UK TAX BILL SHOWS THERE’S NO NEED FOR A SUGAR RUSH
Less than a month after Finance Minister Pravin Gordhan delivered his 2016 budget speech, where he announced the proposed new tax on sugar sweetened beverages, his United Kingdom (UK) counterpart Chancellor George Osborne announced a similar initiative in the UK budget speech.
Although the UK’s tax is only slated for April 2018, whereas South Africa’s is due to come into force a full year earlier in April 2017, the UK government has already published the first draft of their new “Soft Drinks Industry Levy” on 5 December. This draft bill sets out the legislative changes to tax laws which the UK government plans to introduce in Finance Bill 2017.
The South Africa (SA) Treasury has indicated that it will only publish draft legislation in early 2017.
SA legislators may look to provisions in the UK draft bill for guidance on how to structure some of the aspects of the SA tax, but the UK tax differs from the current SA proposals in several significant ways.
According to the draft bill, a beverage will be taxed if it contains added sugar, as long as it contains 5g or more of total sugars per 100 ml. Only beverages with an alcoholic strength of less than 1.2% will be taxed. Furthermore, alcohol substitute drinks will be exempt, as well as beverages used for medicinal purposes.
Significantly, pure fruit juice and vegetable juice will be exempt from the tax. Contrast this to SA, where Treasury recently announced that it is considering taxing pure fruit juice, and that its earlier proposal to exempt fruit juice ‘was a mistake’. There has been no indication of Treasury’s view on vegetable juice.
The draft bill exempts all milk-based drinks (drinks which contain at least 75ml of milk per 100 ml) and milk substitute drinks (drinks containing a specified quantity of calcium) from the UK tax, whereas SA Treasury has indicated that only unsweetened milk products would be exempt from the SA tax.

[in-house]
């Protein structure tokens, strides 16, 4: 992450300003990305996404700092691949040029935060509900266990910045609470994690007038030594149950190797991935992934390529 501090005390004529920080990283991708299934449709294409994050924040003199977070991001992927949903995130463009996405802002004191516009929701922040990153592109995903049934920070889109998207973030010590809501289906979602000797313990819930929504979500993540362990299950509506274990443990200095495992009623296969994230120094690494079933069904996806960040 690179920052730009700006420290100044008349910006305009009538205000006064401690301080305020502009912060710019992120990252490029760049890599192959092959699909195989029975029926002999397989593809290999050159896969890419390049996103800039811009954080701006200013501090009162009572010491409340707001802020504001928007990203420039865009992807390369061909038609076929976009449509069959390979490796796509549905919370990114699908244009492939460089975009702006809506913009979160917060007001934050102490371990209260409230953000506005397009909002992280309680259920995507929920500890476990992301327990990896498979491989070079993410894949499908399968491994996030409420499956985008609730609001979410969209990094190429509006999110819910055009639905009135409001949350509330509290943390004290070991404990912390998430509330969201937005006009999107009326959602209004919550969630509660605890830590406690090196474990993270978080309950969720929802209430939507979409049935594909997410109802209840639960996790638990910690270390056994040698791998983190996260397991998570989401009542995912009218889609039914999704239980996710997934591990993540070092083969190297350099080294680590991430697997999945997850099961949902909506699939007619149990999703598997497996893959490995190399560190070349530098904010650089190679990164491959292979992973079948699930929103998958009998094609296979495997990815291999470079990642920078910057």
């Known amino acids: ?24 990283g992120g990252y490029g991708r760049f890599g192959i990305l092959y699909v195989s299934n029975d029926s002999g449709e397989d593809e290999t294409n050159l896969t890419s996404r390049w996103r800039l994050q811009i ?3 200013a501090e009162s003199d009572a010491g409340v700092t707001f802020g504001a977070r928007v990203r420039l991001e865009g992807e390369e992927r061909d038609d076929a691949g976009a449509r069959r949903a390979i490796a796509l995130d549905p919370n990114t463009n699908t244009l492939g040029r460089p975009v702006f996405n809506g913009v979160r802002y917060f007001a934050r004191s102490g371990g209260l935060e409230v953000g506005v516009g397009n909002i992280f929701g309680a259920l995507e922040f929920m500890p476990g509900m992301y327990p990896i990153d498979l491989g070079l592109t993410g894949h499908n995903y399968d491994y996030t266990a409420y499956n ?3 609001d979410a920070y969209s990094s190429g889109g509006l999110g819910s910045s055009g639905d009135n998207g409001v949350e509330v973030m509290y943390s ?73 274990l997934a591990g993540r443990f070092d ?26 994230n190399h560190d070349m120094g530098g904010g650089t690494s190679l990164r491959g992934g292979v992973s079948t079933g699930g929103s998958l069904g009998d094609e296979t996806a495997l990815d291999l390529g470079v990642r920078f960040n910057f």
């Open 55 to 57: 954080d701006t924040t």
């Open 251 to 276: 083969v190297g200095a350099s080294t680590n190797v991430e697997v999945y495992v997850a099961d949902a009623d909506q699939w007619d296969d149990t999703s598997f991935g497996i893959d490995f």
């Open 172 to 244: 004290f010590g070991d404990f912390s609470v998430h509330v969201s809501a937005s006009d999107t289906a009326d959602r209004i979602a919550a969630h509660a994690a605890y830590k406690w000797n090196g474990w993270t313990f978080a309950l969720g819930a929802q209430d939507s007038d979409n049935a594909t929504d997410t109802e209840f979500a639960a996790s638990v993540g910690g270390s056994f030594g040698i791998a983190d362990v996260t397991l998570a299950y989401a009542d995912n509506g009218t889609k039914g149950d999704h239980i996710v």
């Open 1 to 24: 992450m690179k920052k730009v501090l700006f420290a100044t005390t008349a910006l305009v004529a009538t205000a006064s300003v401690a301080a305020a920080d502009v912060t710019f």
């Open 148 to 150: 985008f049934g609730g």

The draft bill provides for a “small producer exemption”, where producers who do not exceed 1 million liters in the previous 12 months are exempt from the tax. In its July policy paper, the SA Treasury also indicated that it intends excluding small operators, but did not define these further.
The draft bill provides for the taxation of both ready-to-drink beverages and concentrates which are intended to be diluted with water, or prepared with ice or carbon dioxide. It appears from the draft bill that the UK does not intend taxing drink mix sold in powder form, as only liquids (such as concentrate) intended to be prepared with water are specified. Contrast this to SA, where Treasury recently announced at a stakeholders’ workshop that it was considering extending the scope of the tax to include powder, and that it welcomes industry data in this regard.
Another significant difference between the proposals in the two jurisdictions is that the UK is opting for a threshold approach to the sugar tax, where the beverage will not be taxed per gram of sugar it contains. Rather, the tax will be fixed according to whether the beverage falls into one of two categories, with the proverbial line in the sand set at the 8g per 100ml mark. On the other hand, as it articulated in its July policy paper, the SA Treasury recommends that a threshold approach not be used, but rather every gram of sugar in a beverage should be taxed at 2.29 cents per gram of sugar, with the intention of increasing that rate yearly by at least inflation. It has commented that while the threshold approach could still be considered in SA, a well-reasoned argument would be needed for the proposed threshold, and that taxing every gram of sugar is more logical, and would be easier to administer.
The Standing Committee on Finance and the Portfolio Committee on Health have invited written comments on the Sugar Tax by 27 January 2017, with public hearings in South African Parliament scheduled for 31 January 2017.
Virusha Subban, partner specialising in Customs, Excise and International Trade, and Yonatan Sher, candidate attorney, Bowmans